Friday, April 18, 2014
For Richard and Diane Peacock of Freeport, feelings of relief more than offset the holiday bad luck that came their way – twice in one day.
Richard Peacock is recovering at Maine Medical Center in Portland from a heart attack he suffered after escaping a fire that destroyed his home on Christmas Eve while his wife, Diane, was at work.
John Patriquin/Staff Photographer
Richard Peacock and his wife Diane lost their home in Freeport to fire on Christmas Eve.
John Patriquin/Staff Photographer
Dressed in a hospital gown in the cardiac ward of Maine Medical Center in Portland on Thursday, 65-year-old Richard Peacock said he was thankful to be alive after narrowly escaping a fire that destroyed his mobile home on Christmas Eve.
He fled the home barefoot in the freezing cold, leading his dog with a belt and holding his pants up with his other hand while the couple’s home and all of their belongings were consumed by flames.
But his troubles weren’t over.
“I sat down, and my chest ached,” Peacock said. In the rush from his home, he had suffered a heart attack.
Despite the setbacks, Peacock was beaming after doctors told him his heart is in relatively good shape, and that stents that were implanted a decade ago have held up well. He’s thankful that he escaped with his life, and that his wife, Diane, and their dog, Gunner, are safe.
“You hear about these stories, and then to be a part of one, it’s a very different perspective,” he said.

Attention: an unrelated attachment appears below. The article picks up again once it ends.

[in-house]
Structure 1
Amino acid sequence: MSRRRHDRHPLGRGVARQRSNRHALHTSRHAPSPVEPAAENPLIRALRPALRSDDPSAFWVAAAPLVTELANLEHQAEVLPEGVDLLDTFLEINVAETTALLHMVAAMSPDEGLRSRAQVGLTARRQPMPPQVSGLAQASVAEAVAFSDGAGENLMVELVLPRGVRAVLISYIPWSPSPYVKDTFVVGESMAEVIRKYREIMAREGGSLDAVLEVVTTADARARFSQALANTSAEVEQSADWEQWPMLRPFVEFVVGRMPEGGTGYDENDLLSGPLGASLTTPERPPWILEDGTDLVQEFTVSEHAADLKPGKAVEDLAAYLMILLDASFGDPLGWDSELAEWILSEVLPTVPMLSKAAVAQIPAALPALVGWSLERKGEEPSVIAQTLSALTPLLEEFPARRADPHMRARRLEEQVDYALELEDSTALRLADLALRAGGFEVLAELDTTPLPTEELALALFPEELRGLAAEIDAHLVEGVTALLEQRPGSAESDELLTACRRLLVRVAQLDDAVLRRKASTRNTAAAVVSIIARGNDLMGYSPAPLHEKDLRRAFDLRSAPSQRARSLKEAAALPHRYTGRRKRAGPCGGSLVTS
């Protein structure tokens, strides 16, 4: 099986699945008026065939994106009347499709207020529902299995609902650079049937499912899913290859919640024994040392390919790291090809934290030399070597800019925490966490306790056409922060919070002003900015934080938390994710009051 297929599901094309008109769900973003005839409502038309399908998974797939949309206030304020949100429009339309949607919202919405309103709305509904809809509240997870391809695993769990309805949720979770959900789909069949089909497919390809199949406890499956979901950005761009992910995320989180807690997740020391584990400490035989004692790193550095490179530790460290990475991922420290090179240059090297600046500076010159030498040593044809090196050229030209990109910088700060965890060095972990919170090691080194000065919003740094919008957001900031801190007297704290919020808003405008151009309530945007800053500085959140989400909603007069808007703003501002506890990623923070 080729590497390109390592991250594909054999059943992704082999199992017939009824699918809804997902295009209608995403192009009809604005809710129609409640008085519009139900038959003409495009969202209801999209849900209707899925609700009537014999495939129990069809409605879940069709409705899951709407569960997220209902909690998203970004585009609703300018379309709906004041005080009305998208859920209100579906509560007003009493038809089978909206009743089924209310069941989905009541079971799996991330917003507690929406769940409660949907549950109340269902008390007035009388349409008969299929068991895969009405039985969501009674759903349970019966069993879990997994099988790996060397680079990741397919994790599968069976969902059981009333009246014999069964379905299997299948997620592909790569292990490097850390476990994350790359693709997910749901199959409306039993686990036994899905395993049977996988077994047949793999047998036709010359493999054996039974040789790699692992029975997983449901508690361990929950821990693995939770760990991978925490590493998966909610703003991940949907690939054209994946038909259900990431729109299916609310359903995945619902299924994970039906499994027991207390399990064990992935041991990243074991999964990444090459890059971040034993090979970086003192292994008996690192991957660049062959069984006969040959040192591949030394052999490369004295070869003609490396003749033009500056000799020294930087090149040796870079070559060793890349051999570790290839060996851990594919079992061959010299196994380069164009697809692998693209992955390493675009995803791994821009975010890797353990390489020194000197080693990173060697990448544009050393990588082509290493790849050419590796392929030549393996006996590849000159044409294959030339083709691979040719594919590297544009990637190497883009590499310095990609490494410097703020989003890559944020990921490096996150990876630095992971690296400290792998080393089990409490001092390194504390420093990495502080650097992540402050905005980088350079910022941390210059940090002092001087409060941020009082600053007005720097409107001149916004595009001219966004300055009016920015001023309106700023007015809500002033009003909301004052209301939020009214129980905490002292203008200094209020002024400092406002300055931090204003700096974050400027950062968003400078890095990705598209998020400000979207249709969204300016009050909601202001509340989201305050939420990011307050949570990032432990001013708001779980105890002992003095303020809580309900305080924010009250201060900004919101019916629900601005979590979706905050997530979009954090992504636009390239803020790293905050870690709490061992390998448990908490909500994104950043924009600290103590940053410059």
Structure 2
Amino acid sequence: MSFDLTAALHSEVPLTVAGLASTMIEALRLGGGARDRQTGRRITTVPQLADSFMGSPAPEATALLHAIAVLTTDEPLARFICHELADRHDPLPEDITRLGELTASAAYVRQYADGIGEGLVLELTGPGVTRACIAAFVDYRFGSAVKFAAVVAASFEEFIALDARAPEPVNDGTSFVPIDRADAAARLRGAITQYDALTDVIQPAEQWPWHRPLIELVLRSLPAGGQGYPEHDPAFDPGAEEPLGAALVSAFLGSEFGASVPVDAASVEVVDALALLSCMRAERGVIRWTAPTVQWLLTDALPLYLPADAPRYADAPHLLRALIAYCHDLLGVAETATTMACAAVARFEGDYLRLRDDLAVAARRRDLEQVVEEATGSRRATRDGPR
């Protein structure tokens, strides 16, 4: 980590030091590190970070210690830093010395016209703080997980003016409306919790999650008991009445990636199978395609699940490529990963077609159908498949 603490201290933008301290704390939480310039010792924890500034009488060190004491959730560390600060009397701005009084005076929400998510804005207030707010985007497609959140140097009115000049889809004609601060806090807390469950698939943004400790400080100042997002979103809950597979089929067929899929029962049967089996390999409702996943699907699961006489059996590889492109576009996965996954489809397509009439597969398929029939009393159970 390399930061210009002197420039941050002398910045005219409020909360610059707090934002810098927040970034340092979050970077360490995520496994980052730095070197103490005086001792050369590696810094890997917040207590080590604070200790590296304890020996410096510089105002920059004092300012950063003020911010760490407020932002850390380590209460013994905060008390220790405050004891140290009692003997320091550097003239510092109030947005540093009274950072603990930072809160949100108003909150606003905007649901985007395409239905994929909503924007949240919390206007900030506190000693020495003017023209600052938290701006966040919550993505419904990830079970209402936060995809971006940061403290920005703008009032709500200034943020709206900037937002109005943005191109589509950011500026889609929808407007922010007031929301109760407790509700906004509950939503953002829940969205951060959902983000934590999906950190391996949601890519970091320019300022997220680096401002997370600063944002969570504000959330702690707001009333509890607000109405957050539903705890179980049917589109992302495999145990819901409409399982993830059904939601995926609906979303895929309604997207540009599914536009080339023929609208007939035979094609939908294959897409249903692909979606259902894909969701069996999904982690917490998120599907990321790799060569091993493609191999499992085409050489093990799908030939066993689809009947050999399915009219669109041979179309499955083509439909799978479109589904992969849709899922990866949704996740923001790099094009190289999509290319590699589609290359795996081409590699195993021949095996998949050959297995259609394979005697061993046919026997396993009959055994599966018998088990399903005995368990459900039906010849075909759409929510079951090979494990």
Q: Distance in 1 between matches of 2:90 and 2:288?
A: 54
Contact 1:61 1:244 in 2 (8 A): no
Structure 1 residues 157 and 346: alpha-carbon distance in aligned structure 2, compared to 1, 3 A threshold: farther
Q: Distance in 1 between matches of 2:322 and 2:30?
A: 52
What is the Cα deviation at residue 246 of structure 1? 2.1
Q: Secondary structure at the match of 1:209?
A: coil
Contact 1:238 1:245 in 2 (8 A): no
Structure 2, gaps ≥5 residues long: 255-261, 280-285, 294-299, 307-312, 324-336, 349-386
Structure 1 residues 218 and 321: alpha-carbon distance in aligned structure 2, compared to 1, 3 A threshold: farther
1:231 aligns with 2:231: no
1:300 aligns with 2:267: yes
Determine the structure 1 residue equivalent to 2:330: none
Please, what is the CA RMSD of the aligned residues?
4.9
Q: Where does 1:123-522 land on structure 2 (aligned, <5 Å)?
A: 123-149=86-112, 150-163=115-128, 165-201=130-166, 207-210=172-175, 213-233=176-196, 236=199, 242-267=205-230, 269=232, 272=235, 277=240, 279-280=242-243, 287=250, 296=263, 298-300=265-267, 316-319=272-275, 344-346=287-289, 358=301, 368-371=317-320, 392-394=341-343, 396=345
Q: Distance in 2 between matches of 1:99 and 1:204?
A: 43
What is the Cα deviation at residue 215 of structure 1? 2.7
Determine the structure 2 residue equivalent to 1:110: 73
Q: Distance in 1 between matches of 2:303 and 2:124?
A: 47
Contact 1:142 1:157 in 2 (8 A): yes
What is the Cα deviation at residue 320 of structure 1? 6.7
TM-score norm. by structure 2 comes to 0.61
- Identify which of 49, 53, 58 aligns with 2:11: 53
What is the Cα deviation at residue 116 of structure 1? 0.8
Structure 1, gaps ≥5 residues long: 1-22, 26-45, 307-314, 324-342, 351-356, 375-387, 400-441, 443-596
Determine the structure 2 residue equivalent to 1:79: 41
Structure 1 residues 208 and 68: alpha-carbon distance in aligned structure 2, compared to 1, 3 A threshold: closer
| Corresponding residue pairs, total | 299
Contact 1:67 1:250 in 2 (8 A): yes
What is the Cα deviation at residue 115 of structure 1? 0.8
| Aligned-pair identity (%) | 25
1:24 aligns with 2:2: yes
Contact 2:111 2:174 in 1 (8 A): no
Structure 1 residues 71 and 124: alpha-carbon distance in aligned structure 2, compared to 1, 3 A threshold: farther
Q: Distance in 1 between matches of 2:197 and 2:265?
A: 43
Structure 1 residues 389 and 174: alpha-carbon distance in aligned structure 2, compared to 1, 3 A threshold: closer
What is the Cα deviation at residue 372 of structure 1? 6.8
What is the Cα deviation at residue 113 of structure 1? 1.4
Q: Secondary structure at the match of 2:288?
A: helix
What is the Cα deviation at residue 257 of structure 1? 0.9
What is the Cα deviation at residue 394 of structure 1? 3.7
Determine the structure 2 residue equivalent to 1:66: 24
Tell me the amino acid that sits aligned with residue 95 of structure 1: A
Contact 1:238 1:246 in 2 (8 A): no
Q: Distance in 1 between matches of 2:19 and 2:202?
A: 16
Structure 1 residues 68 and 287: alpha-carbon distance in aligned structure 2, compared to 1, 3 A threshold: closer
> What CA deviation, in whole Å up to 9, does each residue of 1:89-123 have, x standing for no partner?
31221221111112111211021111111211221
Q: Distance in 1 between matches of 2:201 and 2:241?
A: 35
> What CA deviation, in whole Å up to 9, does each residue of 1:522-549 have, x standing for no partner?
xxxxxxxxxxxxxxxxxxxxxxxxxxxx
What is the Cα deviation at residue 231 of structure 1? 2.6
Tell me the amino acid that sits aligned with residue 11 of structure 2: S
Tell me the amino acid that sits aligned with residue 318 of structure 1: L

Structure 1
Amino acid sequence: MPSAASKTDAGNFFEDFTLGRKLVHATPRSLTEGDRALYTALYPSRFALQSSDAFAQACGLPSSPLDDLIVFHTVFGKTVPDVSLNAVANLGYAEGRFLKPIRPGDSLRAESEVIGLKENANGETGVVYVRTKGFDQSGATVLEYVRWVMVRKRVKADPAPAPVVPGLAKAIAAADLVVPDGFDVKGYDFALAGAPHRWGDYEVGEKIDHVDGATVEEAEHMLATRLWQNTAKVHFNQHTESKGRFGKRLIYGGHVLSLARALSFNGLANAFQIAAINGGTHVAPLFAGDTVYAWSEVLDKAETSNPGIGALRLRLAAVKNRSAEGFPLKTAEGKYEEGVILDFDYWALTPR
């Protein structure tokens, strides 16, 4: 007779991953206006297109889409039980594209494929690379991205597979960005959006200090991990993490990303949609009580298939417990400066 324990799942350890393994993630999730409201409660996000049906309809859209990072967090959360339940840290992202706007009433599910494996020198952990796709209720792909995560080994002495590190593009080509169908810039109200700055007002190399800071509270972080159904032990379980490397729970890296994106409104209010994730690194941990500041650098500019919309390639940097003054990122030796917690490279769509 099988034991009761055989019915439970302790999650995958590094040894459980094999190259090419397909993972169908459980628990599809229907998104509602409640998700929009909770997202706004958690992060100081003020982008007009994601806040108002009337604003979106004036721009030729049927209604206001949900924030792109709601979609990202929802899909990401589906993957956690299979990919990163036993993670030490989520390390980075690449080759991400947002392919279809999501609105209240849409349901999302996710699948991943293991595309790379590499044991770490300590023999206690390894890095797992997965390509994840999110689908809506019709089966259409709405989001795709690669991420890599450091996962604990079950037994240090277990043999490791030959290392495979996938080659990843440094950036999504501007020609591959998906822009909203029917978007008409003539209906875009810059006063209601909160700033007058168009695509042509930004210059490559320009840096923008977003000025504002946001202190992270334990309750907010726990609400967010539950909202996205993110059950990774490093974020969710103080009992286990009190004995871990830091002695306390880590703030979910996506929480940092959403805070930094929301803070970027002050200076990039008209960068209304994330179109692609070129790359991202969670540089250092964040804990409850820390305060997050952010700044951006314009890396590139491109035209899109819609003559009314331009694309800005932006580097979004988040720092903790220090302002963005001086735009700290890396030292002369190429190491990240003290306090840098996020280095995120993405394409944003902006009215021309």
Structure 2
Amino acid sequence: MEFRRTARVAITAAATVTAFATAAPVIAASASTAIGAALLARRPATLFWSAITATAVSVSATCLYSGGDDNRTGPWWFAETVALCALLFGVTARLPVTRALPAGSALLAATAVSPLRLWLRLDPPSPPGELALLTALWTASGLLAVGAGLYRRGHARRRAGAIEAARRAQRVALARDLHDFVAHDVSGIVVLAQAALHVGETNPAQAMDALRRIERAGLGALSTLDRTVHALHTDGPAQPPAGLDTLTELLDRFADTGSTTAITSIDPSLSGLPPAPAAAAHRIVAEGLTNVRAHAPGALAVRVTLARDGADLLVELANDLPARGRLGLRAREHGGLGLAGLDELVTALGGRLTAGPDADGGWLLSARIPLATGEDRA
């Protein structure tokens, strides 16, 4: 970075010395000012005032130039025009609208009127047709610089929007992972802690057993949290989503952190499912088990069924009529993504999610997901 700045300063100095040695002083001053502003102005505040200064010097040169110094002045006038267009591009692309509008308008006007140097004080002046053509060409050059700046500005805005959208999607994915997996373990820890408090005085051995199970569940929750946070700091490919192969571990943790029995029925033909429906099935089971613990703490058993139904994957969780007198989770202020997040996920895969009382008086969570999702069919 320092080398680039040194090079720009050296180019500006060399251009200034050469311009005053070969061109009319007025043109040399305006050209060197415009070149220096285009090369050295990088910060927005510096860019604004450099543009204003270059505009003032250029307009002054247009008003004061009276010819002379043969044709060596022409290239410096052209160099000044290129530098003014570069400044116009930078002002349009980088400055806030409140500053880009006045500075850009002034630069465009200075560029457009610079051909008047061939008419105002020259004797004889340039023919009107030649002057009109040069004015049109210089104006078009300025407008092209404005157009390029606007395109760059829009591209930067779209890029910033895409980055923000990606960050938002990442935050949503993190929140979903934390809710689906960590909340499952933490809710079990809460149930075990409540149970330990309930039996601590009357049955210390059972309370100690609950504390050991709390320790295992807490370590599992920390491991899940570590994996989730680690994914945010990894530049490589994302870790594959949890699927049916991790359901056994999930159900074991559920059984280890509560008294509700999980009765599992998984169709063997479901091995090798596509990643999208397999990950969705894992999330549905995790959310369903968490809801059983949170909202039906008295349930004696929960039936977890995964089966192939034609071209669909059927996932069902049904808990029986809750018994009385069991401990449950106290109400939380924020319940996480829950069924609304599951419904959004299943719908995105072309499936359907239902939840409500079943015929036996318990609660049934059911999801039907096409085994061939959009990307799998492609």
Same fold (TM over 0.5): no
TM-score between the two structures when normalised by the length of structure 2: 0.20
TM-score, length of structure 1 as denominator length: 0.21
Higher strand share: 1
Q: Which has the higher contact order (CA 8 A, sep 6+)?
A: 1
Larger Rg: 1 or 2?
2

Peacock was asleep in a hospital-style bed, taking his usual afternoon nap on Tuesday, when he was awoken by an incessant beeping and the smell of smoke. He quickly realized that flames were climbing the walls around him.
He leapt from his bed and grabbed a container from the kitchen, filled it with water and flung it at the fire, but it was too late. Flames climbed the curtains, and soon the ceiling was engulfed.
“I found the smallest pot in the kitchen,” Peacock said, laughing. “The whole thing went whoosh.”
Freeport Fire Chief Darrel Fournier said the blaze was likely caused by the electrical components of the hospital bed, which probably were damaged during a brown-out about a week ago.
Fournier said the fire probably started when the circuits in the mobile home came back up to full power, triggering a short circuit or some other malfunction in the bed.
Fournier said the home and its contents, valued at about $130,000, are a total loss.
Diane Peacock, 60, was at work at the G.M. Pollack and Sons jewelry store in Topsham, preparing to close a sale on a $4,000 diamond, when a coworker said she had a phone call. Her husband was on the phone, and it was an emergency.
He told her the house had burned down.
“I fell to the floor,” Diane Peacock said.
Sitting next to her husband at the hospital on Thursday, Diane Peacock said they feel particularly blessed this year, despite losing the trappings of their life.
“Most people in a mobile home fire, they don’t make it out,” she said, tearing up. “There was an angel up there watching out for him.”
Richard Peacock looks forward to being released from the hospital as early as Friday.
Until the Peacocks can sort out a claim with their insurance company, a neighbor has agreed to let them occupy a vacant mobile home across the street from their destroyed home for a couple of months, until they get back on their feet.
Others in the community have already donated to buy them heating oil, and Diane Peacock’s other employer, Shaw’s supermarket, has pledged to help with furnishings and home goods. One neighbor, Sandra English, set up a relief fund at the Atlantic Federal Credit Union in Freeport.
“Every time we turn around, someone’s reaching out,” including both of their ex-spouses, Diane said. “It’s overwhelming.”
Matt Byrne can be contacted at 791-6303 or at: